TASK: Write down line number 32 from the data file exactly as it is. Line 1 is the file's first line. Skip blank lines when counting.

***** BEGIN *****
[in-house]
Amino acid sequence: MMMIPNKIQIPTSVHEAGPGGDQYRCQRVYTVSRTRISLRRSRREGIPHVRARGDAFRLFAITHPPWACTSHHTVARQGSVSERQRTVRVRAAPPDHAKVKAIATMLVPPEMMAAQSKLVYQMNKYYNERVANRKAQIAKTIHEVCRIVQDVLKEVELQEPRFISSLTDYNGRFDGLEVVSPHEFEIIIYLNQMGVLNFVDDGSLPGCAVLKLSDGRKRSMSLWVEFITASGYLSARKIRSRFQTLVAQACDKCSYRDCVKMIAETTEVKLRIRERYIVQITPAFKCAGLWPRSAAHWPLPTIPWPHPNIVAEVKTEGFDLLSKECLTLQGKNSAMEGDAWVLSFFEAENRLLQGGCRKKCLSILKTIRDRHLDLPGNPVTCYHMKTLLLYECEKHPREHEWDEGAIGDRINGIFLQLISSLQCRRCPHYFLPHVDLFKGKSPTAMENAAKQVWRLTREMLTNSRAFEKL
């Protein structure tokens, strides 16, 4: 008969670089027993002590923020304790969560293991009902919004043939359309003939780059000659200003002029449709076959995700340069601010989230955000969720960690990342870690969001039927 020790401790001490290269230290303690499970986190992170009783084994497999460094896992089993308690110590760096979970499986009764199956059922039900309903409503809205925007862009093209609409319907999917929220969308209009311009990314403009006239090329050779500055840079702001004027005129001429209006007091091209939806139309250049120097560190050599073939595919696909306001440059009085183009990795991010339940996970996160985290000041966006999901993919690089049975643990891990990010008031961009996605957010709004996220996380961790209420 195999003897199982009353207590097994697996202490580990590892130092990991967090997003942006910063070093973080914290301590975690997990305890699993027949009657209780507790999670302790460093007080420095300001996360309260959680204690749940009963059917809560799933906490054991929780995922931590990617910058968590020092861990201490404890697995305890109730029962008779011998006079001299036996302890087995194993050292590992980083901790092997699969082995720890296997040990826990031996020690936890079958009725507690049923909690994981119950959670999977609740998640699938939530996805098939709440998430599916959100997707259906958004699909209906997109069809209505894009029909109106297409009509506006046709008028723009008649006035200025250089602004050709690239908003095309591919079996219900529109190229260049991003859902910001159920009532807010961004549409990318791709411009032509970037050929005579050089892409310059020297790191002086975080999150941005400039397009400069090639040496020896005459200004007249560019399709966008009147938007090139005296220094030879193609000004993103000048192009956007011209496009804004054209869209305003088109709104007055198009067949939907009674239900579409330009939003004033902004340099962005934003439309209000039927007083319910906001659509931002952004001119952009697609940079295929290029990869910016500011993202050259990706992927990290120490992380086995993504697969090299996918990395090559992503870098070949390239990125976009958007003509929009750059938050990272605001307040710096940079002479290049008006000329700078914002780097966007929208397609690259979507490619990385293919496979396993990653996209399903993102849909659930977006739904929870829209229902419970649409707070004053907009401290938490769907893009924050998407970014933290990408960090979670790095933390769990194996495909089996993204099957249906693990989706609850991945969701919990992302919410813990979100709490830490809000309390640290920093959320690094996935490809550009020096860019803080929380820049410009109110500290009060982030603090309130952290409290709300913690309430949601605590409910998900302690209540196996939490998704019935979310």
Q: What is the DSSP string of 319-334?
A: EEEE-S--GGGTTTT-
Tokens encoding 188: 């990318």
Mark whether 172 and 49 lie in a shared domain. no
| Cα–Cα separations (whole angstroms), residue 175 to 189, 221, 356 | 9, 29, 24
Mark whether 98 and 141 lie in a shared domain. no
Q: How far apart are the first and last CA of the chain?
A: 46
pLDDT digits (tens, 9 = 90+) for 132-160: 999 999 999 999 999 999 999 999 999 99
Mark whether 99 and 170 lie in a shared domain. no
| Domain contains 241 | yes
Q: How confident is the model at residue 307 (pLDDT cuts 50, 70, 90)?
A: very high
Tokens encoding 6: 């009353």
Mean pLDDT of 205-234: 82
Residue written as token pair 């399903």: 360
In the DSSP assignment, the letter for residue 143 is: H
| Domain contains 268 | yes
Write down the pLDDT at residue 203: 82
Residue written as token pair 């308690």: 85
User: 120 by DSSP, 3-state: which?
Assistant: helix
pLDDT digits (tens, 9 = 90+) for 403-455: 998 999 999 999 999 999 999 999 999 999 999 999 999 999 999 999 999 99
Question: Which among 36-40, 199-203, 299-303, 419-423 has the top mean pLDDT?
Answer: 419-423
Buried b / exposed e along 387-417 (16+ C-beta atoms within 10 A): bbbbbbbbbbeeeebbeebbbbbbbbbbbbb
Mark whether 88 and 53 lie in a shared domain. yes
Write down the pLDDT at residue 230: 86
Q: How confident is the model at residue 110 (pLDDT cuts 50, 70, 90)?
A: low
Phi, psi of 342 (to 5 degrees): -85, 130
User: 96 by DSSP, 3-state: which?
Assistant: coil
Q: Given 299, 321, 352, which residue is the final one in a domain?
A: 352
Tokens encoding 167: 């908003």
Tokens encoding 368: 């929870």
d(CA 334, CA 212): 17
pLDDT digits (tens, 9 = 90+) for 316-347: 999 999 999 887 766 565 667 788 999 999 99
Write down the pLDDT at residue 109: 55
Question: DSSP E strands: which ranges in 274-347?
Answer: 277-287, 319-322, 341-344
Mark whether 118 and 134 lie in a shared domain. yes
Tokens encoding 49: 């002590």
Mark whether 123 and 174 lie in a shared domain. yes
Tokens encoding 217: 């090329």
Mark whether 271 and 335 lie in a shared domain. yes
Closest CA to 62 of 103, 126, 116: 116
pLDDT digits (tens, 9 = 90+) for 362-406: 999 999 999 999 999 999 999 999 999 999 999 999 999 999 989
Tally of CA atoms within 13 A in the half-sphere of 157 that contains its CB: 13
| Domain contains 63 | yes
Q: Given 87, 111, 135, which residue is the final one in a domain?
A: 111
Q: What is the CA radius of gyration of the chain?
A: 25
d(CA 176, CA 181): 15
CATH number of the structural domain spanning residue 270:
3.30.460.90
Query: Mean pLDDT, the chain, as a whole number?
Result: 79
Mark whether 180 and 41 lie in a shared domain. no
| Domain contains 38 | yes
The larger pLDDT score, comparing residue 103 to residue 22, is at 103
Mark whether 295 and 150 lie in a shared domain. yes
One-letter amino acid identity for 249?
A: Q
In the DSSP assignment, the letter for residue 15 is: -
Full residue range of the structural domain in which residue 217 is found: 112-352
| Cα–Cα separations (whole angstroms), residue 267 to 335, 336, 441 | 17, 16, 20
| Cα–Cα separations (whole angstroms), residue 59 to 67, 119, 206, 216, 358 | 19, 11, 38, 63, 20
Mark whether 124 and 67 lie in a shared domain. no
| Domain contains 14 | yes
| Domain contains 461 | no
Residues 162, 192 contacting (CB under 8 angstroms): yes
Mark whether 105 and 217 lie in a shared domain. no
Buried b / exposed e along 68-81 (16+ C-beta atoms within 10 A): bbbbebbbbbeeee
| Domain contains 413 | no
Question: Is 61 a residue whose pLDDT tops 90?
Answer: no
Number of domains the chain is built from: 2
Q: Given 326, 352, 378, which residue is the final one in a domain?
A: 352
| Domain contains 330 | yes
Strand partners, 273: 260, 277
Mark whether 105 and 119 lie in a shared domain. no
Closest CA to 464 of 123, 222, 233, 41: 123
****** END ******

Q: How confident is the model at residue 110 (pLDDT cuts 50, 70, 90)?